If you and your spouse are interested in resolving your divorce issues through mediation, but one or both of you believes that the complexity of your financial situation makes mediation an unlikely fit, you may want to rethink the possibility. While it is true that mediating a complicated case could be a lengthier and more detailed process than mediating a simple case, it is also true that litigating a complicated case generally takes more time and more attention to detail than litigating a simple case. This means that your costs are apt to be higher than normal if you go to court, but your savings from choosing mediation could also be greater than the average savings.
Negotiating with a soon-to-be-ex can be enormously challenging. You could be facing decisions that will have a long-term impact on many aspects of your life. Add to this the fact that divorcing spouses often share history that includes rough emotional terrain, and the whole idea can start to feel like too much to handle. If you need motivation to persevere, remember that unless you and your spouse can resolve your differences amicably, you will eventually find yourselves in front of a judge—letting a stranger make decisions for you that will not necessarily be any better than the decisions you could reach on your own with a bit of concerted effort. Read more
Most divorcing parents are concerned about protecting their children from the negative effects of divorce. This raises an initial question: Is divorce always bad for children? Social researchers have found this question difficult to answer—partly because no two families going through divorce are alike—but the consensus seems to be that divorce is not always bad for children. If a divorce removes a child from a high-conflict environment, the child may actually fare better after the divorce. This is because high familial conflict affects children more negatively than divorce.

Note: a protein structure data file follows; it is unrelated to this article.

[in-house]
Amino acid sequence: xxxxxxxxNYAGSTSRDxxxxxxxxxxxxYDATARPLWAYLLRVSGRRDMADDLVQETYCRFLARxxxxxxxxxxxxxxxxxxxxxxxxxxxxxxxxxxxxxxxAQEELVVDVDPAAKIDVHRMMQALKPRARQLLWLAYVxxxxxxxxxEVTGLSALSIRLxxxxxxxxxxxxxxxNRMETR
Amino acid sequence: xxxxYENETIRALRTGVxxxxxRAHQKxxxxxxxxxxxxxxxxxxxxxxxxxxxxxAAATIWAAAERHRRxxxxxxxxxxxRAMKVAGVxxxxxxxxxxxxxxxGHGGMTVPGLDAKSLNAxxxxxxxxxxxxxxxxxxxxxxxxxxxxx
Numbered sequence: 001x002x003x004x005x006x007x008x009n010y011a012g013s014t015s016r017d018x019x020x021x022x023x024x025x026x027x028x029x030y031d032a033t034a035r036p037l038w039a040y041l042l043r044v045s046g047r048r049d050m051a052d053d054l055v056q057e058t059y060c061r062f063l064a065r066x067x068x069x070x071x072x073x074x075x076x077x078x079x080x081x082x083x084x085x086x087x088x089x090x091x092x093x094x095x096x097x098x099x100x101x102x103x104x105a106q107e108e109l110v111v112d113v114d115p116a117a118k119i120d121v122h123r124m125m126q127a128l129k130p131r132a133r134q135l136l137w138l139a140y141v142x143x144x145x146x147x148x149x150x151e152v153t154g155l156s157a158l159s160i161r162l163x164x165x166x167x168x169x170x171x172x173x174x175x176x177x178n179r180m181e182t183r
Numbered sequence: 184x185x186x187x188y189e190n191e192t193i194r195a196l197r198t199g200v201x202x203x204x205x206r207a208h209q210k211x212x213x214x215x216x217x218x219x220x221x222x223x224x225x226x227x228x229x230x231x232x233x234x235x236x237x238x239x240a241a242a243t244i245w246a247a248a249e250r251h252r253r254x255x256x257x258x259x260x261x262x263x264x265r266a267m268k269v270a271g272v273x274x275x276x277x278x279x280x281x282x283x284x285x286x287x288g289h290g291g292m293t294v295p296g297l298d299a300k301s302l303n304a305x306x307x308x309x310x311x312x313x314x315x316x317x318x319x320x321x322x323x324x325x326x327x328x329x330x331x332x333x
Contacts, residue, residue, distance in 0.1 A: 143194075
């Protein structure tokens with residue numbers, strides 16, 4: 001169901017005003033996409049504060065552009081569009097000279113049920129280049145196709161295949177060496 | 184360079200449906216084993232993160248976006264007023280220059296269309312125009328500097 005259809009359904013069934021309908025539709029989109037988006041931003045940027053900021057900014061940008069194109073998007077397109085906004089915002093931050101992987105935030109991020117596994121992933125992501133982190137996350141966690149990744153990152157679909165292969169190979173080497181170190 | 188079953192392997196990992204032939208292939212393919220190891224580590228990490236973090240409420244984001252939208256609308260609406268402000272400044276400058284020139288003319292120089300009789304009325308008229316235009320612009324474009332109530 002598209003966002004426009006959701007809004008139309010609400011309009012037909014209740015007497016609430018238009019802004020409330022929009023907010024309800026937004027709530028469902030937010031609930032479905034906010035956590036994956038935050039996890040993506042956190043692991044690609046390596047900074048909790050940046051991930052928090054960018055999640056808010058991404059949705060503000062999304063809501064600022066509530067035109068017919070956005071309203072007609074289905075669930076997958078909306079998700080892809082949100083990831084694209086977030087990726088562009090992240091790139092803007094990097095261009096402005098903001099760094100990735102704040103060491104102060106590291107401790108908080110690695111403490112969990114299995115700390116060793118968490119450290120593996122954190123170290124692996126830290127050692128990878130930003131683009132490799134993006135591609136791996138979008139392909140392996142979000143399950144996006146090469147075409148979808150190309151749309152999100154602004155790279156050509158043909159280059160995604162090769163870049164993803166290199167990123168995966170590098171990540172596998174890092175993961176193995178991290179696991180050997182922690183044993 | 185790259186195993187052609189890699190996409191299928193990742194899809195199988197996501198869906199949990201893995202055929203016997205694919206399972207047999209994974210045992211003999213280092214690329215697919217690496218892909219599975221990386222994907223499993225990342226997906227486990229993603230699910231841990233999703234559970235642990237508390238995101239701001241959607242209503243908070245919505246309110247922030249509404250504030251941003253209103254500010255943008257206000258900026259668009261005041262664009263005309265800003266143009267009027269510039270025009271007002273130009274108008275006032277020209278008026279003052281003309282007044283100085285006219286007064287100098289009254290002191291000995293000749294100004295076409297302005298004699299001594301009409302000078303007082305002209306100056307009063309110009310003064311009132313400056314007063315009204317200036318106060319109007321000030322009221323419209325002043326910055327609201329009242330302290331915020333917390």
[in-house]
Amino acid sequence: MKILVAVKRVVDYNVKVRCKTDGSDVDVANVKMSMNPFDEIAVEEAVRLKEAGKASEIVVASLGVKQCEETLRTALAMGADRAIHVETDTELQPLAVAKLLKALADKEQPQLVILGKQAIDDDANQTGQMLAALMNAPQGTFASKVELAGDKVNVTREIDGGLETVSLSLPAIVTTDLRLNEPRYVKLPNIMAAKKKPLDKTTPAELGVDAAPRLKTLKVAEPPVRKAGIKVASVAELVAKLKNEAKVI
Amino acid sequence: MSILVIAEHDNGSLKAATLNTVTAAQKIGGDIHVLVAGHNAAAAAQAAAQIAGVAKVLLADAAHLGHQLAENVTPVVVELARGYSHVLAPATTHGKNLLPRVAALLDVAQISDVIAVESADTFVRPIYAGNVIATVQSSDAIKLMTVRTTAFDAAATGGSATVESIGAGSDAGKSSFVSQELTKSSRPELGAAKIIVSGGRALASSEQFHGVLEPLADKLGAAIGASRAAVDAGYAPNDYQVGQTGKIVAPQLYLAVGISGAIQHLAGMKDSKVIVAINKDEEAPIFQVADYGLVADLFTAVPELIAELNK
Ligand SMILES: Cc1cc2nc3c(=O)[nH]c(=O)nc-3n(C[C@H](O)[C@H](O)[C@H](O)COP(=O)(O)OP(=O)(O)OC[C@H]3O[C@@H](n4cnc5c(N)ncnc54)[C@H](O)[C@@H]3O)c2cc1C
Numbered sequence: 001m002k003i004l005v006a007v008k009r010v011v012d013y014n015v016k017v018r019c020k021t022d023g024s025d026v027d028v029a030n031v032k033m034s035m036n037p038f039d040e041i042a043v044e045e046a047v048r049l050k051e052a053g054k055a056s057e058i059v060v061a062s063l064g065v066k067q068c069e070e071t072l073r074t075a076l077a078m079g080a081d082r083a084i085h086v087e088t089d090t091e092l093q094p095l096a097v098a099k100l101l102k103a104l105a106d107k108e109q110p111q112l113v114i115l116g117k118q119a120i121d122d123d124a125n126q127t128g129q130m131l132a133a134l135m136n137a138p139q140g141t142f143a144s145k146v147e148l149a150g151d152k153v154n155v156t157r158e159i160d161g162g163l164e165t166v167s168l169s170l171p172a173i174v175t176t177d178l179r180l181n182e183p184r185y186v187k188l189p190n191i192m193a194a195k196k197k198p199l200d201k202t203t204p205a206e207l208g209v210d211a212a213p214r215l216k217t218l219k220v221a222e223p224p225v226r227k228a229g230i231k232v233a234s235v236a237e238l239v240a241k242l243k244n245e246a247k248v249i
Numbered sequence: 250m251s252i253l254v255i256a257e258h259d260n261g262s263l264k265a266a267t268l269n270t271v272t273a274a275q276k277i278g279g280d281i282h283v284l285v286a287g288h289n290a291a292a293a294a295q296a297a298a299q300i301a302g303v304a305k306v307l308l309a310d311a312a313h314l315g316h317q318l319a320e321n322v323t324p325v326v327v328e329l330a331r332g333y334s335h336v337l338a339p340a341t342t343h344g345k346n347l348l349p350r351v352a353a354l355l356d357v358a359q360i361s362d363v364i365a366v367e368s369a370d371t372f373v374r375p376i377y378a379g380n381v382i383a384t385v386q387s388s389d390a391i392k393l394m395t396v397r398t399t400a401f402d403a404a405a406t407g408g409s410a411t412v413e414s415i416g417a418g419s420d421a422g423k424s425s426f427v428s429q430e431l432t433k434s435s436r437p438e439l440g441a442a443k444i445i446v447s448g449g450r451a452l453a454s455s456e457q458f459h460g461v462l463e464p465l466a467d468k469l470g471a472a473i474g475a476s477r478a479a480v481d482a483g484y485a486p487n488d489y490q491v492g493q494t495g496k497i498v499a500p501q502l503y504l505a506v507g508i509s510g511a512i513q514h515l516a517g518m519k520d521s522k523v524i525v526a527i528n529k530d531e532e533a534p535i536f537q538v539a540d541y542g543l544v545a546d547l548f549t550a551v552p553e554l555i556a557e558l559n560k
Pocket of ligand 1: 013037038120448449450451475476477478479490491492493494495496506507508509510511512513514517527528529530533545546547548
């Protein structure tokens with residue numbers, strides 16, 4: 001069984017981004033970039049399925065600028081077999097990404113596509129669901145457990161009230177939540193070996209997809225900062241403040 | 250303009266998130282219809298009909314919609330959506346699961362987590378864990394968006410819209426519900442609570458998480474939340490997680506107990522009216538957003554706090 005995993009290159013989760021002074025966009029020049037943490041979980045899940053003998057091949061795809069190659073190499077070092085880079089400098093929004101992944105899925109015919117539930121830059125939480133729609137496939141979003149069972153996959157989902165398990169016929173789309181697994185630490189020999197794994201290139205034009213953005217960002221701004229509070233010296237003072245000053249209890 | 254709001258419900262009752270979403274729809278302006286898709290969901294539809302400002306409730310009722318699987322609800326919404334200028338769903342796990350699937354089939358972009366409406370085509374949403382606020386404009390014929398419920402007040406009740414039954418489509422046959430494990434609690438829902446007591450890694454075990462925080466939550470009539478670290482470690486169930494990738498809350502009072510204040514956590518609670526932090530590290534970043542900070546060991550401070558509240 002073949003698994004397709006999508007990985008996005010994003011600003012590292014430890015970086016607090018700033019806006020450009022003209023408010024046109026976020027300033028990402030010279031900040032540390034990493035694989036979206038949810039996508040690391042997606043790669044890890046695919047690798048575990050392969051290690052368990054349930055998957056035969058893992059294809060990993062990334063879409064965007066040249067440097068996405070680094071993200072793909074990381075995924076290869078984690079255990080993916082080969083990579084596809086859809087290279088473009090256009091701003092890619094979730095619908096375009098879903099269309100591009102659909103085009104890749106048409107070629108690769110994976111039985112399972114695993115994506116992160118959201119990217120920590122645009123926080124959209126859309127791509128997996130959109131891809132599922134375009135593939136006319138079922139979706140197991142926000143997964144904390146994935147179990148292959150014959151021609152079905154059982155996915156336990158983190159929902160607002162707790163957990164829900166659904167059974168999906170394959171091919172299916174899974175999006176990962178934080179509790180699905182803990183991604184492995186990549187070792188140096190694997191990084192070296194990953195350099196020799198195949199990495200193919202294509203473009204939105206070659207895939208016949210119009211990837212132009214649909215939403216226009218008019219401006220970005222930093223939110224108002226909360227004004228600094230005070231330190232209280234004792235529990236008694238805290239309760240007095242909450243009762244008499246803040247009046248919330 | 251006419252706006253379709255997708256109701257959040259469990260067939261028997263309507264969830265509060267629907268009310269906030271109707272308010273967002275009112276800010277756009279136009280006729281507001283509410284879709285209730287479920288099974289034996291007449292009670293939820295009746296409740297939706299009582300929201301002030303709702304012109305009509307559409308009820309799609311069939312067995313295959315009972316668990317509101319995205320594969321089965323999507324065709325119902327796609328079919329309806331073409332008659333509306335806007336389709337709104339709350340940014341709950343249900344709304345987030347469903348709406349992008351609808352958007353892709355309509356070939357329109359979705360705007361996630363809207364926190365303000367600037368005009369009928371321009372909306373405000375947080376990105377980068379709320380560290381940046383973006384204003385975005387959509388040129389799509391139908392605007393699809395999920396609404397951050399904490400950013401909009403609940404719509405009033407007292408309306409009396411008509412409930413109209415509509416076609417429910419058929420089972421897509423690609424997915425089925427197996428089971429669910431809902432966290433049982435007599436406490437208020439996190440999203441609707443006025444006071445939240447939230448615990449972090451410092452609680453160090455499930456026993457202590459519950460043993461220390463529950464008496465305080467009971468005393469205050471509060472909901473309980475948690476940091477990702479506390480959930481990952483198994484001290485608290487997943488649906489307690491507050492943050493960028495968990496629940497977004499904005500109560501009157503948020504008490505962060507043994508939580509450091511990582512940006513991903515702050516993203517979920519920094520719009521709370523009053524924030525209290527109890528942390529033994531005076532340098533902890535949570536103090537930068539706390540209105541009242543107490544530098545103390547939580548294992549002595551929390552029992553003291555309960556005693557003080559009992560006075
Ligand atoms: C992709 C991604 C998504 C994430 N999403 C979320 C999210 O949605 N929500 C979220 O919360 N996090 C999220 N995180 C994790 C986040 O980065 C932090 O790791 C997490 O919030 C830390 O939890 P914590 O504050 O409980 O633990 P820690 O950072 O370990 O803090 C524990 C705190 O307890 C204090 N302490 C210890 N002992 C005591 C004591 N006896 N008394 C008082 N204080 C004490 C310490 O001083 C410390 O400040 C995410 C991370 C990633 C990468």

It isn’t hard to understand how a child might feel relief when a high-conflict household becomes more peaceful. But what if your family is not experiencing high conflict? Read more
Perhaps you have decided that divorce mediation is the best way to go in your case, only to discover that your spouse is not open to the idea. What should your next move be? Before giving up on mediation, consider the reasons behind the hesitation. It’s possible that after receiving additional information and reassurances, your spouse will reconsider. The following are some common reasons a spouse might initially object to mediation in divorce, along with tips for how to address the objections: Read more
You’ve hired your mediator and the first appointment is set. The next step? Getting prepared. Your New Jersey family law mediator will request you bring specific financial and personal documents to your first divorce mediation session. Besides gathering this information, you can also take steps on your own to prepare. Here are three tips for how to feel organized and ready for this first meeting with your mediator. Read more
Weinberger Mediation Center is here because we believe that mediation offers a positive alternative for couples trying to find a friendlier, less stress-filled way to resolve their divorce or family law dispute. Court litigation can be helpful and necessary in some divorce and family law cases. However, for many couples in NJ, mediation provides a cost-effective way to quickly reach a settlement viewed as acceptable by both sides. Read more
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